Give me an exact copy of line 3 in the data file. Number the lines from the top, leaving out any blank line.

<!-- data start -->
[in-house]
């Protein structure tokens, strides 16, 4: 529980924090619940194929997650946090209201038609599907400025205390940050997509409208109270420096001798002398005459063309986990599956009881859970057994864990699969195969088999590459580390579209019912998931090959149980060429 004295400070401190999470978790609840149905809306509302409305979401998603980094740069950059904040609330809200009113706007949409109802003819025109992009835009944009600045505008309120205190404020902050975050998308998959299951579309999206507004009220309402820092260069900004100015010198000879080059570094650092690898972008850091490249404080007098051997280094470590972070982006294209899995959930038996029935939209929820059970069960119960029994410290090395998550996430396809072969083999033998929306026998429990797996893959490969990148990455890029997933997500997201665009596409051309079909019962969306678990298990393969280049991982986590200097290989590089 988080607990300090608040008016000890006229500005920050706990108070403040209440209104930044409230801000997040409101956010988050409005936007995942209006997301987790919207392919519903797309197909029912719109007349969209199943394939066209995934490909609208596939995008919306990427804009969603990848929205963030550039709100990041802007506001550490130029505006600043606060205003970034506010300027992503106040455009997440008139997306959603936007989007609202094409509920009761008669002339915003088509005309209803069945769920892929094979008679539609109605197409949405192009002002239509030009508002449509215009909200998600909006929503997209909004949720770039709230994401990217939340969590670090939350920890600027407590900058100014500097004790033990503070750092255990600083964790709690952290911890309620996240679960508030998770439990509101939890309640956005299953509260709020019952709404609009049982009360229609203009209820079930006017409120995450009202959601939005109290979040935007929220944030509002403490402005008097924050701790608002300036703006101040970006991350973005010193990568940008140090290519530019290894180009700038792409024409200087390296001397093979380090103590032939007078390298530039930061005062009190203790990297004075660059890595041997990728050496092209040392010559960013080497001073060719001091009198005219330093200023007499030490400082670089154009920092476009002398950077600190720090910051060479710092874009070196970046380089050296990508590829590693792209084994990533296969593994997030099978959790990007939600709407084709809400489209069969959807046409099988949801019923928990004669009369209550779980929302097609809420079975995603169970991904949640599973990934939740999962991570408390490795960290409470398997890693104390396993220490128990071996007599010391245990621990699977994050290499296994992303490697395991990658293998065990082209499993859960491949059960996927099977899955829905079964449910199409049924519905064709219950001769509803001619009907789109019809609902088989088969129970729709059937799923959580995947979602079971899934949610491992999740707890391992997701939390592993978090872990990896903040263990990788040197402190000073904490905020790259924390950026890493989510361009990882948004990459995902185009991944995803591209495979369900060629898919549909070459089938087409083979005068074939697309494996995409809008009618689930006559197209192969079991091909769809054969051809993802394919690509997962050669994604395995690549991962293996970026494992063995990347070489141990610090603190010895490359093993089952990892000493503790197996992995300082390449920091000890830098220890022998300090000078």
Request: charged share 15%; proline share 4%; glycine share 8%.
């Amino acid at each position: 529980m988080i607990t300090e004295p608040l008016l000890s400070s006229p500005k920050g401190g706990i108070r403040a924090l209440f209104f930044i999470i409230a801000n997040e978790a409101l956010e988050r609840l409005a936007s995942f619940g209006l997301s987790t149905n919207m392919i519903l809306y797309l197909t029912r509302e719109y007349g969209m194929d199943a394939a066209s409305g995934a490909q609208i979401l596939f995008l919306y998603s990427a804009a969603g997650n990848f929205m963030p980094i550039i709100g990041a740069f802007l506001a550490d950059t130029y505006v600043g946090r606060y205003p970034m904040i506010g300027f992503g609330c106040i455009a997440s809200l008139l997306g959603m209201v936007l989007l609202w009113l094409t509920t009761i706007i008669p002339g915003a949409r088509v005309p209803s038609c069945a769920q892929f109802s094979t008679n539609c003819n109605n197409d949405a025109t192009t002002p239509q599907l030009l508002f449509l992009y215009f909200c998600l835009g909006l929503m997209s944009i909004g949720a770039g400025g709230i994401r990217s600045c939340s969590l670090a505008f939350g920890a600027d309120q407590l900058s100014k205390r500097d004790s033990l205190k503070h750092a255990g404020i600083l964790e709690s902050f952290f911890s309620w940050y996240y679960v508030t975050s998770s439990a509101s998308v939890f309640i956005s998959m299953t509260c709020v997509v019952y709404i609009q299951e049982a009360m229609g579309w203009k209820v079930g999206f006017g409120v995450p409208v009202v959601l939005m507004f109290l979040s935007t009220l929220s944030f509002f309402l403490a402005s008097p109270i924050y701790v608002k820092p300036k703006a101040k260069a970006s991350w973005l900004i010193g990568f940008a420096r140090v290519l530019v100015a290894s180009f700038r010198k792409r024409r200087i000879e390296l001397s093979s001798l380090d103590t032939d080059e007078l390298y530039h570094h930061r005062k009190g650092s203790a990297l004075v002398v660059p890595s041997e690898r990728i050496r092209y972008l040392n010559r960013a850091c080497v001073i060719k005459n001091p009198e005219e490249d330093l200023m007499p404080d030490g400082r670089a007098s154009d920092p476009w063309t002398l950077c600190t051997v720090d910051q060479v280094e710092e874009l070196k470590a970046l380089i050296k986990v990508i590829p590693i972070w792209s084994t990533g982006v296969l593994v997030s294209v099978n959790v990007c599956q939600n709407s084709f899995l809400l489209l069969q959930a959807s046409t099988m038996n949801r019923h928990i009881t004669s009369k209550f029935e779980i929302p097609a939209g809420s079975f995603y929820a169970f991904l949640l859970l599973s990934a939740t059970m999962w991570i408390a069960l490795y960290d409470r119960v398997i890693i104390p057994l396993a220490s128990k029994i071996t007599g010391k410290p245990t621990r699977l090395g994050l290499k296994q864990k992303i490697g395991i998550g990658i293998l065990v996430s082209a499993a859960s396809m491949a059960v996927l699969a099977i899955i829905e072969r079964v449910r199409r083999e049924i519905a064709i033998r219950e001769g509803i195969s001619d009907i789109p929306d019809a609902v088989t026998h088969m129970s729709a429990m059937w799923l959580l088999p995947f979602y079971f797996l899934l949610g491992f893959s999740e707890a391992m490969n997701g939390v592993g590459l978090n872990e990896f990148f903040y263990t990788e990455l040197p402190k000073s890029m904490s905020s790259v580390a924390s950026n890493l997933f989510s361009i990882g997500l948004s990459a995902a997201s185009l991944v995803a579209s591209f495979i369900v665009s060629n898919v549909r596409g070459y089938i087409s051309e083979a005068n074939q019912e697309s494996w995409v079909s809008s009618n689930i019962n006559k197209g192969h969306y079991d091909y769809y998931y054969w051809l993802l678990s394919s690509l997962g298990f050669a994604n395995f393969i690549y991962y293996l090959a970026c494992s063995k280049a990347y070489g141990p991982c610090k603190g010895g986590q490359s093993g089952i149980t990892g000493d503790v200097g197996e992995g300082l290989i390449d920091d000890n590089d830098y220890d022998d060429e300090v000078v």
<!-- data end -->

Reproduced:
Request: charged share 15%; proline share 4%; glycine share 8%.